Surgery

Your Pet's Surgery

At The Vet, we fully understand that having your pet undergo surgery is never easy. To that end, we're happy to answer any questions regarding your pet's surgery. A pre-surgical consultation is an essential part of the process. Our medical staff is happy to provide you with information on postoperative care to ensure a rapid return to your pet's happy, healthy self. Whether performing a routine surgery or an emergency procedure, you can be confident that Dr. Stevens and her staff will work hard to ensure each procedure is thorough, complete with the utmost expertise, and is as stress-free as possible for you and your pet.

Our Facilities

The Vet’s excellent surgical suite helps ensure soft tissue surgeries are as safe and efficient as possible, reduce the risk for complications and allow us to perform surgical procedures as quickly as possible using the best practice protocols. We offer soft tissue surgeries ranging from routine spay and neuters to the removal of cysts and lumps, urinary bladder surgery, exploratory abdominal surgery, foreign body removal, gastrointestinal surgeries, feeding tube placement, and eye or tail removed due to trauma.

Pre-Surgery Exam

 

A thorough examination is always performed before your pet undergoes any surgical procedure at The Vet. Examination includes a pre-surgical blood screen that—along with your pet's anesthetic history, preexisting conditions, and age—will be used to determine a unique anesthesia protocol. This information is also used to establish a baseline for the comparison of future blood tests.

Anesthesia

For most surgical procedures, anesthesia is required. While under anesthesia, your pet's blood pressure, heart rate, respiratory rate, body temperature, and oxygen level are continuously monitored by our dedicated anesthetist and our anesthetic monitors. A dedicated anesthetist is a veterinary technician whose sole responsibility is to monitor anesthesia. He or she is continuously monitoring the vital parameters of the patient, having no other responsibilities as distractions. Although this is not routine protocol in many veterinary clinics, we do not want our patients to be watched any less closely than we would our own pets or ourselves. We utilize aggressive heat support to assist in maintaining a constant body temperature during the procedure via a circulating water pad and warmed IV fluids. Following surgery, your pet recovers under the direct supervision of a surgical team member in a dedicated recovery area.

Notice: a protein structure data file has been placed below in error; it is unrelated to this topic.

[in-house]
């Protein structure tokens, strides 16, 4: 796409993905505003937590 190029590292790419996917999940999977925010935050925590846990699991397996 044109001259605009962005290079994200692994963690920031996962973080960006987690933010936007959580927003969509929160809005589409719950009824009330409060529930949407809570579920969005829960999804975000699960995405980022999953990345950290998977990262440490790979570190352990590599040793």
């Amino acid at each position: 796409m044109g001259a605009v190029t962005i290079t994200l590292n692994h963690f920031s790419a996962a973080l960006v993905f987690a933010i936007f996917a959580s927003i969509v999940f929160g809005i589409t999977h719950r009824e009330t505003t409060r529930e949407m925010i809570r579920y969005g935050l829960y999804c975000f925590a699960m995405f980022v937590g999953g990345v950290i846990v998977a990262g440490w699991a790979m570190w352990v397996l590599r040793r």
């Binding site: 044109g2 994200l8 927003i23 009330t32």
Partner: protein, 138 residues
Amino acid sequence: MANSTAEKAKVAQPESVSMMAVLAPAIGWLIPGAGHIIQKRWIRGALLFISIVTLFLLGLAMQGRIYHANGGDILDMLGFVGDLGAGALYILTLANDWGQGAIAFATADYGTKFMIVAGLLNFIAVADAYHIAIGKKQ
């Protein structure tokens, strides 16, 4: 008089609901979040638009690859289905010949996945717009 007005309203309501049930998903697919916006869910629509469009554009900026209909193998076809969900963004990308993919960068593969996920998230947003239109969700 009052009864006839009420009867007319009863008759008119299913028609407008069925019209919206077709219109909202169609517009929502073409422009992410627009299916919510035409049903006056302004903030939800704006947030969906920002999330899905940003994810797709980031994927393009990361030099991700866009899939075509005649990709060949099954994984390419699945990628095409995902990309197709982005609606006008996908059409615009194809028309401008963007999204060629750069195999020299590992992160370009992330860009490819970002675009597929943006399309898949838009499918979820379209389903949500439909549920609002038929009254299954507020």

The Vet strictly follows state-of-the-art anesthesia protocols. By receiving regular training and consulting with board-certified veterinary anesthesiologists, we ensure our practice is always meeting the most current protocols and recommendations for anesthesia and pain management. We use only isoflurane gas anesthesia, which is considered among the safest anesthetics available in veterinary medicine.

Pain Management

Just as with humans, pain can have negative effects on cats that go beyond physical discomfort. Pain after surgery can slow healing and worsen diseases like arthritis. Because our companion friends don't understand why they are experiencing pain, pain can cause behavioral issues and interfere with the bond between you and your pet. Dr. Stevens is a member of the International Veterinary Academy of Pain Management and is trained to ensure each surgical patient is as comfortable as possible before, during and following any procedure.

Prior to any surgery, all our patients are pre-medicated with a gentle combination of narcotic pain relievers and sedatives. The exact protocol is tailored to each animal and depends on factors that are determined by
the pre-surgery exam, your pet's health history, and the type of procedure. Once the pre-medication drugs in effect, IV fluids and anesthesia are administered. Additionally, because we know that stress can exacerbate pain while pets are hospitalized, both before and after surgery, many of our patients are also given medication to help reduce anxiety and to address any pre-existing pain for 12 to 24 hours before and after surgery.

Pets often return home with medications for pain maintenance to ensure that they recover as quickly and as pain-free as possible.

Postoperative Care

The amount of time your pet will need to be monitored after surgery varies. Most pets stay with us one night and are discharged the next morning. Some of our pets require a more extended recovery time and may stay
with us for several days. Pets that are critical or have extensive monitoring needs can be transferred to an area emergency clinic for continued care.

When your pet is discharged, the team at The Vet will provide you with information on proper home care after surgery. Often, your pet will be prescribed medication; in this case, we will explain how and when to administer it. Contact us at (972) 675-2510 with any questions or concerns following surgery and we will be more than happy to help you.

The Vet

901 North Jupiter Road, Suite 130

Richardson, TX 75081


For general information, questions, appointment requests, call us at:

(972) 675-2510


Hours

Monday 7:30am - 6:00pm

Tuesday 7:30am - 6:00pm

Wednesday 7:30am - 6:00pm

Thursday 7:30am - 6:00pm

Friday 7:30am - 6:00pm

Saturday (1st and 3rd) 8:00am - 12:00pm

Sunday Closed

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